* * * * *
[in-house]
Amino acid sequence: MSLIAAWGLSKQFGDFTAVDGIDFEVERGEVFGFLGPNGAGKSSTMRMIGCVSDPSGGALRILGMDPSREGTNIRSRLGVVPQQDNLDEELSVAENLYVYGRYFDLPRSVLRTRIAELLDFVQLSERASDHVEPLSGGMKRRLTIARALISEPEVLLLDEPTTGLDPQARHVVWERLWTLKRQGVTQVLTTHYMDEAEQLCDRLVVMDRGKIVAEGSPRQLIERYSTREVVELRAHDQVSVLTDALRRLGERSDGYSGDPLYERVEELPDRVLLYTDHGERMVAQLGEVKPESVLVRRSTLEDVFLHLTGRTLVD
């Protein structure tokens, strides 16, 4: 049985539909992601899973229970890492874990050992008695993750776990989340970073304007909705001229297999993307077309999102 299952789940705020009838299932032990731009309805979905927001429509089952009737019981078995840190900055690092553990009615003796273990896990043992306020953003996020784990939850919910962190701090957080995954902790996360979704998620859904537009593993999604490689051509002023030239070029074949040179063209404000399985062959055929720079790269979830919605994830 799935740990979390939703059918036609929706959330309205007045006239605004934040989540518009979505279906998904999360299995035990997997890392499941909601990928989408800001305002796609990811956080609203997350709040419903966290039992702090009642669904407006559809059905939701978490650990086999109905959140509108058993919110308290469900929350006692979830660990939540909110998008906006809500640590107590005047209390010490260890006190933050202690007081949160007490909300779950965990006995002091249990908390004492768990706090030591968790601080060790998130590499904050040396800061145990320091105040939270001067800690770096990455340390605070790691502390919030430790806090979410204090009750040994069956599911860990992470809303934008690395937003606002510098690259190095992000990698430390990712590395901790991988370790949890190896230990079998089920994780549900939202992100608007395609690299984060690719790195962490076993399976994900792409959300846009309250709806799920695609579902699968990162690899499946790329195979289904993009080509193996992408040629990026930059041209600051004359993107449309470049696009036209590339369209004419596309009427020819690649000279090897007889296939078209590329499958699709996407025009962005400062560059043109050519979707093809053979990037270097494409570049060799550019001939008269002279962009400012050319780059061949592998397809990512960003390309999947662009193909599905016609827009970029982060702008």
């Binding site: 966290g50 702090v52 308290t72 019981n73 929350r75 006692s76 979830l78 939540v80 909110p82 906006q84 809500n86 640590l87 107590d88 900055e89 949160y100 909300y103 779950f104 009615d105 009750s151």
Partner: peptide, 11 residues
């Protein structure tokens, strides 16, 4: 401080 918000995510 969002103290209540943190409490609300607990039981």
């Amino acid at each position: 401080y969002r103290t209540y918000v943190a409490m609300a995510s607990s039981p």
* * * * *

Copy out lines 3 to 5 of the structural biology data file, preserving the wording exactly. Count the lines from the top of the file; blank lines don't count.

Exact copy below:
């Protein structure tokens, strides 16, 4: 049985539909992601899973229970890492874990050992008695993750776990989340970073304007909705001229297999993307077309999102 299952789940705020009838299932032990731009309805979905927001429509089952009737019981078995840190900055690092553990009615003796273990896990043992306020953003996020784990939850919910962190701090957080995954902790996360979704998620859904537009593993999604490689051509002023030239070029074949040179063209404000399985062959055929720079790269979830919605994830 799935740990979390939703059918036609929706959330309205007045006239605004934040989540518009979505279906998904999360299995035990997997890392499941909601990928989408800001305002796609990811956080609203997350709040419903966290039992702090009642669904407006559809059905939701978490650990086999109905959140509108058993919110308290469900929350006692979830660990939540909110998008906006809500640590107590005047209390010490260890006190933050202690007081949160007490909300779950965990006995002091249990908390004492768990706090030591968790601080060790998130590499904050040396800061145990320091105040939270001067800690770096990455340390605070790691502390919030430790806090979410204090009750040994069956599911860990992470809303934008690395937003606002510098690259190095992000990698430390990712590395901790991988370790949890190896230990079998089920994780549900939202992100608007395609690299984060690719790195962490076993399976994900792409959300846009309250709806799920695609579902699968990162690899499946790329195979289904993009080509193996992408040629990026930059041209600051004359993107449309470049696009036209590339369209004419596309009427020819690649000279090897007889296939078209590329499958699709996407025009962005400062560059043109050519979707093809053979990037270097494409570049060799550019001939008269002279962009400012050319780059061949592998397809990512960003390309999947662009193909599905016609827009970029982060702008």
């Binding site: 966290g50 702090v52 308290t72 019981n73 929350r75 006692s76 979830l78 939540v80 909110p82 906006q84 809500n86 640590l87 107590d88 900055e89 949160y100 909300y103 779950f104 009615d105 009750s151």
Partner: peptide, 11 residues